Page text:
That money grabbing.. sorry I mean Carlos Tevez has had is say by coming up with the novel idea of mentioning Wayne Rooney, seeing as we’ve not heard much about him lately. Tevez has stated that he’d liked to have seen Wayne Rooney at City, well you can’t blame him, after all partnering Emmanuel Adebayor is probably enough to make you wish Colleen signed for City. While any comment from Tevez is likely to incur the ire of all United fans, the Argentine’s statement was not all that surprising and actually something of a compliment to Rooney. With a good 24 hours until the game kicks off, I fully expect something a lot more incendiary and possibly even slightly hysterical from the Blue camp.

Regardless of the vocal sparring that has been, or will be committed by both camps, from a purely football point of view, the game is more of a ‘must-win’ for City than it is United. That may sound like a bit of pre-match excuse making just to cover my own back should City win, but allow me to explain.

United are unbeaten and only two points off the top of the table. If United were to draw it wouldn’t be too bad, after all it would be a point more than Chelsea took from Eastlands this season, and still keep the unbeaten run intact. If United were to lose, they’d stay ahead of City on goal difference and be level on points with Arsenal if the Gunners beat Wolves at Molineux.

It would be a bitter blow to lose to the noisy neighbours and could give City the real lift they need to kick start a proper title challenge but in terms of how it would leave the table it wouldn’t be a disaster for United, just a nightmare for the fans for a few weeks. City’s situation is more tenuous, if they were to lose, or even just fail to win, it would mean only on win in the last four league games, relegation form if we’re brutally honest. With Roberto Mancini seemingly under pressure every time his team concede a throw-in, a loss to United wouldn’t exactly help the scarf wearing Italian’s cause.

If City did lose, then the fallout of from the fans may just be enough to start making Sheikh Mansour reconsider his managerial options. Let’s face facts, when you’ve got Gary Cook as your Chief Executive then you’re never going to be the most secure manager in the country. City need a win to show that their team of argumentative, spoilt, playboys can actually justify their wages, while a United win would be a massive boost for the club, fans and players and make the rest of the league take note of who the real title contenders are.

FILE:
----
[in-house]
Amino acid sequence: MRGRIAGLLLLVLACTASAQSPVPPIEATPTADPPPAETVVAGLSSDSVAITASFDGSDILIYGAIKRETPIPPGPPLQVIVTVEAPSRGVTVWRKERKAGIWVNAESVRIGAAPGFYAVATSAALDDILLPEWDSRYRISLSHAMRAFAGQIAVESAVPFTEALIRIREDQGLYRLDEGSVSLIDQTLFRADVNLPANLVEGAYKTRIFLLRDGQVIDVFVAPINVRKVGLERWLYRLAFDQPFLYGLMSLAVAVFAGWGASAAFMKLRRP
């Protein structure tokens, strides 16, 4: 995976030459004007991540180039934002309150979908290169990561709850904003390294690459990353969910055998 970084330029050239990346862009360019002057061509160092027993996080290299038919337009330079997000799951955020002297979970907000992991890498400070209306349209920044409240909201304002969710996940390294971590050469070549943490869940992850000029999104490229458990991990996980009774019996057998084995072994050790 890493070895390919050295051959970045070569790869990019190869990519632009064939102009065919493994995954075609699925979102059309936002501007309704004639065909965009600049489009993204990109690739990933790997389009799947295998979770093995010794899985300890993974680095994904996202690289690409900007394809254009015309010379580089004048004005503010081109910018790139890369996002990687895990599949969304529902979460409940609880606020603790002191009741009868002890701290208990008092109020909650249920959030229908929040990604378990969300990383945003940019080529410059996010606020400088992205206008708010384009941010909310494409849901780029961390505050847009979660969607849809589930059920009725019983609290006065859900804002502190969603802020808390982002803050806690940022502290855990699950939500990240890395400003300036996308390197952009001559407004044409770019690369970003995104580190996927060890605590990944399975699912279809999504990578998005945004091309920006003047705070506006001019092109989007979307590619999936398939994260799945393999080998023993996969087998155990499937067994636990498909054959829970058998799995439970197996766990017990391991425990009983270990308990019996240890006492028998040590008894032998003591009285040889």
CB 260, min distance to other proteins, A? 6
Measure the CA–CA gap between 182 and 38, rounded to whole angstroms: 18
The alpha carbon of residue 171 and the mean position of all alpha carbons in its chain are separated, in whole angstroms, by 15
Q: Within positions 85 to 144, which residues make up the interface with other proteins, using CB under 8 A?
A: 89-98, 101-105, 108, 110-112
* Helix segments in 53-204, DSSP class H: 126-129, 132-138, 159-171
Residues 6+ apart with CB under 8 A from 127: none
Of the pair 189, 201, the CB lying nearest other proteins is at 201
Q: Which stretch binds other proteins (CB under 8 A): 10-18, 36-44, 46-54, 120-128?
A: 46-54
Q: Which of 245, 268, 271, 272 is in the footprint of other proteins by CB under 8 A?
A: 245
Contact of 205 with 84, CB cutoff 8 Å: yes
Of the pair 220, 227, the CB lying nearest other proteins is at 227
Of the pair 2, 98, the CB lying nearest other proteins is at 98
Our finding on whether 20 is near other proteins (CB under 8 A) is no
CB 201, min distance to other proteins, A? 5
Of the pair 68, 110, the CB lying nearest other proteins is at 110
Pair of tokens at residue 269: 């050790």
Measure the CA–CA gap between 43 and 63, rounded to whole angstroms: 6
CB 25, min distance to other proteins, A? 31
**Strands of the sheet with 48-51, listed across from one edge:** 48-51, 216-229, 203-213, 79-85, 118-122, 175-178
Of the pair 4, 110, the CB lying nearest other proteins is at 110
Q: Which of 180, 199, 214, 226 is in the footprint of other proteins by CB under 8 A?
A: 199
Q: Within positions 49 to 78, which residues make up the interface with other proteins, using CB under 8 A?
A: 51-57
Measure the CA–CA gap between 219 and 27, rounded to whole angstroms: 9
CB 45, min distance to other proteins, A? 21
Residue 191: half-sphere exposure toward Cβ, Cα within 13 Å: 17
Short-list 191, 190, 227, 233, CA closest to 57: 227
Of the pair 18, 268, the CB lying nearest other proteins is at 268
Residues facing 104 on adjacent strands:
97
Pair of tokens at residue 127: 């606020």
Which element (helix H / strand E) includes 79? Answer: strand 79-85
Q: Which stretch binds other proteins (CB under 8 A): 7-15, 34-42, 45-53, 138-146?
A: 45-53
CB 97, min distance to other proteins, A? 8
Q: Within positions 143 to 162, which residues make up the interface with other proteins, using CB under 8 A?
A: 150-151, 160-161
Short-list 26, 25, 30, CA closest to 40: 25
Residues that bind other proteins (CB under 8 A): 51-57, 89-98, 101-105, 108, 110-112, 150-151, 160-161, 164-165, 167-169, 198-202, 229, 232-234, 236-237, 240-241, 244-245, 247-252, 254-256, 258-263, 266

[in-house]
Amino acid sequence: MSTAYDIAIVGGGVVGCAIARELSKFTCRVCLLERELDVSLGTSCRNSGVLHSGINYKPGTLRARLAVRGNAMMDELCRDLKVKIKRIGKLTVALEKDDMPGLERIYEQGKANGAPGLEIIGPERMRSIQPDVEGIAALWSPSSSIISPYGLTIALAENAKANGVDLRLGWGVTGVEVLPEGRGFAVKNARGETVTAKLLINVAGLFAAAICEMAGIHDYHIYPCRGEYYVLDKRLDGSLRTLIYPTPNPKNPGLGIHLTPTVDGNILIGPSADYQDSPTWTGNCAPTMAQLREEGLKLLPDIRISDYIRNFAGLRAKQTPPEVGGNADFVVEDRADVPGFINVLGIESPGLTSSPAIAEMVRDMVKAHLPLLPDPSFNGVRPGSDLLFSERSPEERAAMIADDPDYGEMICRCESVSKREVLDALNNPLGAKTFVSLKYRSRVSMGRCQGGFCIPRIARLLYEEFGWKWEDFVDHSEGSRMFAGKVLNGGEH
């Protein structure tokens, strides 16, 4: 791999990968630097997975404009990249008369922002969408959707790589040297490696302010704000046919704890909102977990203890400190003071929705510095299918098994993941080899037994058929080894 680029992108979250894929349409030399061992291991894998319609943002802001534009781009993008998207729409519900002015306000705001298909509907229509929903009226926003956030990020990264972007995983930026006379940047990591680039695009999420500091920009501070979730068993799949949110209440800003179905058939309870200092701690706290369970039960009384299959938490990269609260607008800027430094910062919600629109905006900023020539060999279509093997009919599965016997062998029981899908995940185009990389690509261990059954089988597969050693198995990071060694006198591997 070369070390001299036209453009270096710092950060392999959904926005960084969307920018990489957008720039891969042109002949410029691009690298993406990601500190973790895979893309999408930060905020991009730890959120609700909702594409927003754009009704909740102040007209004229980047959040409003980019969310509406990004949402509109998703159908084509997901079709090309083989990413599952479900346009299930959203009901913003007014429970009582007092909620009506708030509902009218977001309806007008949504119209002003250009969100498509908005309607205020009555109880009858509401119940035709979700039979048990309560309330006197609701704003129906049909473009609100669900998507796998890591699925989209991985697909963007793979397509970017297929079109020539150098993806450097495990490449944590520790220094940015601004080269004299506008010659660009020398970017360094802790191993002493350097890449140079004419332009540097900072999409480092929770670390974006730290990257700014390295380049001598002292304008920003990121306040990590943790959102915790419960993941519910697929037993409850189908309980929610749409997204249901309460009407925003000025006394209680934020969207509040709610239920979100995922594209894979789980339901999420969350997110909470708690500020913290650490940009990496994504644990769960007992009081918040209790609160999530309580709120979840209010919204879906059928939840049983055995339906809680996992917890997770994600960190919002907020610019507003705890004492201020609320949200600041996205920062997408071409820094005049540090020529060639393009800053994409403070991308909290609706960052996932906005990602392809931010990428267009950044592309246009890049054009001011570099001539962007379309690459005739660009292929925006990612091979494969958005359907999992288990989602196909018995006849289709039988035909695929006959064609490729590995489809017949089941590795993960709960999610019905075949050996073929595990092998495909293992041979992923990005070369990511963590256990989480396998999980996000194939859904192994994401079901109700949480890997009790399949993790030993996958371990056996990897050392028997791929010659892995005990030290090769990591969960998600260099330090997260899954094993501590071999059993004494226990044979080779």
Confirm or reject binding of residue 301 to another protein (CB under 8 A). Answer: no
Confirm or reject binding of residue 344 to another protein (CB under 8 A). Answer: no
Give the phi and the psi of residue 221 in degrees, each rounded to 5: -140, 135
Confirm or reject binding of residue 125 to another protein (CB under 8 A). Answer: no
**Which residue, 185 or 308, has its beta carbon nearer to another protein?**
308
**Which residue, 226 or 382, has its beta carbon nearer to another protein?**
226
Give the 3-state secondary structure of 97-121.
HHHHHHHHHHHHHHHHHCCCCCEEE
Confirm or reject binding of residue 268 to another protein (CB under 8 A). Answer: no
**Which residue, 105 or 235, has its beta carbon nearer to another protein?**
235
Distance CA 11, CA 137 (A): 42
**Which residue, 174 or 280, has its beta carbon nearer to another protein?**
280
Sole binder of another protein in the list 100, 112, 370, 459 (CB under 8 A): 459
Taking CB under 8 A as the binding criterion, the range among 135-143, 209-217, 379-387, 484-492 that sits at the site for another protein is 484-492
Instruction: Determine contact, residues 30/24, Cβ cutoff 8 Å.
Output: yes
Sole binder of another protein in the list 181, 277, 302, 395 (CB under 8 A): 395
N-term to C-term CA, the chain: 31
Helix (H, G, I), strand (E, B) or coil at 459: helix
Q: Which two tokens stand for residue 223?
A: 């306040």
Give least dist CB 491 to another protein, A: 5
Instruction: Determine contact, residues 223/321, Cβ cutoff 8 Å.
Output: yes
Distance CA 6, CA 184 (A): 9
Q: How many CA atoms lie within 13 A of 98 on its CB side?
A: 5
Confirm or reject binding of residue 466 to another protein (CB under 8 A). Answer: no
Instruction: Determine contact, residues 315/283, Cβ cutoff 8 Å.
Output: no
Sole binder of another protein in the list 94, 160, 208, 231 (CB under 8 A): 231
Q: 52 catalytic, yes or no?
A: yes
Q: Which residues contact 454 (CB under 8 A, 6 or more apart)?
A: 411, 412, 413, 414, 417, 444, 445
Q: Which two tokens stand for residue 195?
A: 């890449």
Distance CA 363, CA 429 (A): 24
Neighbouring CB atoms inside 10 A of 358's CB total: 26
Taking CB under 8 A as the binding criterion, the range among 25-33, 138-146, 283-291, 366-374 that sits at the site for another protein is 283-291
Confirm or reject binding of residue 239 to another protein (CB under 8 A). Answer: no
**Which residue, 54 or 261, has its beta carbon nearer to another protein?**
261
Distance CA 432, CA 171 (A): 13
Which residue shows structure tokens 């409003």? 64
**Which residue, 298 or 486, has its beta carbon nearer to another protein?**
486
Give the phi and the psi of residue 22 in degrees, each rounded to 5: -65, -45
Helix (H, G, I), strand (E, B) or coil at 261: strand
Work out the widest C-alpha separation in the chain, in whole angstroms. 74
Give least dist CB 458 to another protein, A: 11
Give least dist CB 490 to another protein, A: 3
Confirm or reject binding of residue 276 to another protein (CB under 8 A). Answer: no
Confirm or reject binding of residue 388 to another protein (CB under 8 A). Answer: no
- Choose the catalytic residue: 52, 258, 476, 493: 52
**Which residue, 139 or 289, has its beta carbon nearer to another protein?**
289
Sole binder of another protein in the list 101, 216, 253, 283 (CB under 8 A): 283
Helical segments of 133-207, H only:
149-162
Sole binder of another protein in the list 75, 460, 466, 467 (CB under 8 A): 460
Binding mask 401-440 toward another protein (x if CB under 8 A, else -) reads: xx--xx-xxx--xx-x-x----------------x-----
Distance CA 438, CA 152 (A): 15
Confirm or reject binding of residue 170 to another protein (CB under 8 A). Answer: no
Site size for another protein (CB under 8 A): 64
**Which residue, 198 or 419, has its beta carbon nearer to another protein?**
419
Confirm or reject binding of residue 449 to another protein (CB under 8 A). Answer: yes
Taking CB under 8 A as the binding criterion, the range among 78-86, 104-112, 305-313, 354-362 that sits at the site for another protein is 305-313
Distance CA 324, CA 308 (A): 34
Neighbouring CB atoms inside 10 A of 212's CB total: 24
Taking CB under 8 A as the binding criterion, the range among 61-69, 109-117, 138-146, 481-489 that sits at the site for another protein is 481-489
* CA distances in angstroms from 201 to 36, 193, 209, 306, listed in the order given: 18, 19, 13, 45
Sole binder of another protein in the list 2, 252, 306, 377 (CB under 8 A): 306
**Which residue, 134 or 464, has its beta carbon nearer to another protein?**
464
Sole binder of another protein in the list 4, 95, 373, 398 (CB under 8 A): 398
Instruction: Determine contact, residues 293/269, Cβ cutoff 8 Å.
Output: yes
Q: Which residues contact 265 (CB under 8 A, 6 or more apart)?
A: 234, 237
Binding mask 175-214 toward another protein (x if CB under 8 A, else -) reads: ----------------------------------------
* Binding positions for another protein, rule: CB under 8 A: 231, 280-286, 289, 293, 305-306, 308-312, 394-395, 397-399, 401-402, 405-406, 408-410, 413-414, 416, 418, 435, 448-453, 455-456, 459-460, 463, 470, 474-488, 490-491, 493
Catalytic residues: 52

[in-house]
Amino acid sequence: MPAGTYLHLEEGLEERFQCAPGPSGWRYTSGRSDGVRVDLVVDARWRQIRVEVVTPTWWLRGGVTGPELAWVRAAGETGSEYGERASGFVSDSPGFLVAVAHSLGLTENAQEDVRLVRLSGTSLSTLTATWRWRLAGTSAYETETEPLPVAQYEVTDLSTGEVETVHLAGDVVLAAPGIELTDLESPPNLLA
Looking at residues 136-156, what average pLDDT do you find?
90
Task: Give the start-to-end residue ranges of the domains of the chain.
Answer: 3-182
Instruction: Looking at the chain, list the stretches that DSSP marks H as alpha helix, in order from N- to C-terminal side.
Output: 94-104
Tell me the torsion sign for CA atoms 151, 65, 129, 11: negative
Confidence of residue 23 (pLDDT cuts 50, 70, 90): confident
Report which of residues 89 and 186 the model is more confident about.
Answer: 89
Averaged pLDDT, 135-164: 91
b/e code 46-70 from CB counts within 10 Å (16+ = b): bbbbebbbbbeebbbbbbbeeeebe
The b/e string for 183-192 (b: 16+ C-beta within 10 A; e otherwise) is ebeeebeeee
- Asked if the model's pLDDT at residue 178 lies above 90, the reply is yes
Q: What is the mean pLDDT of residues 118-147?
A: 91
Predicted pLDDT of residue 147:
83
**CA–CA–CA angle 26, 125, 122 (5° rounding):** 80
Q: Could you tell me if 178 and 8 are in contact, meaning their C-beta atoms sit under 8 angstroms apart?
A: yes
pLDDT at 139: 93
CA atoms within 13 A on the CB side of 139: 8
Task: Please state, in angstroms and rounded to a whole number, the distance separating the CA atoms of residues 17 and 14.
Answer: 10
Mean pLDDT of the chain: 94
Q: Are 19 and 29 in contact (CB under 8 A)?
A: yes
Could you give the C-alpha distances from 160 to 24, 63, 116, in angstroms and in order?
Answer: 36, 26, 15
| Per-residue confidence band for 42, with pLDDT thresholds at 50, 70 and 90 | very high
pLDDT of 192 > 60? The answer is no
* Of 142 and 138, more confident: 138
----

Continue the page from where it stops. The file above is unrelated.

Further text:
So now that we’ve established that a win would be a rather pleasant experience for either club, who looks more likely to get one? Well the form guide would seem to favour United, after all unbeaten all season, coming off the back of six straight victories, it seems the Reds are flying. However, that’s not entirely true, as due to a virus and a series of injuries, the starting XI for United’s game against Wolves resembled the sort of side Sir Alex Ferguson would send out for a Carling Cup game.

Apart from a strong back five, United had a makeshift midfield, with only arguably Darren Fletcher a true first teamer, with Chicharito deployed as a lone striker. Oh and Owen Hargreaves got a start such was United’s lack of options. With Rooney, Antonio Valencia Michael Owen and Ryan Giggs all definitely out, United are already four attacking players light. Add to that the possibility that player of the season contenders: Nani, Dimitar Berbatov and Paul Scholes are all doubtful and the omens don’t look to clever for Fergie’s men, or should that be Fergie’s flu victims?

If all of those players weren’t available then United would be missing six potential match winners and would be up against it from the start. Losing Rooney is disappointing, losing Rooney, Giggs, Valencia, Berbatov, Scholes and Nani could be disastrous. Of course we’ve seen a bit of Fergie kiddology when it comes to injuries before, let’s not forget how many times Wayne Rooney ‘miraculously’ appeared on the team sheet was he was a certain ‘non-starter’ last season. Mind you, judging from the fact he’s currently in the US if Wazza does make an appearance at Eastlands tomorrow then it really would be a miracle.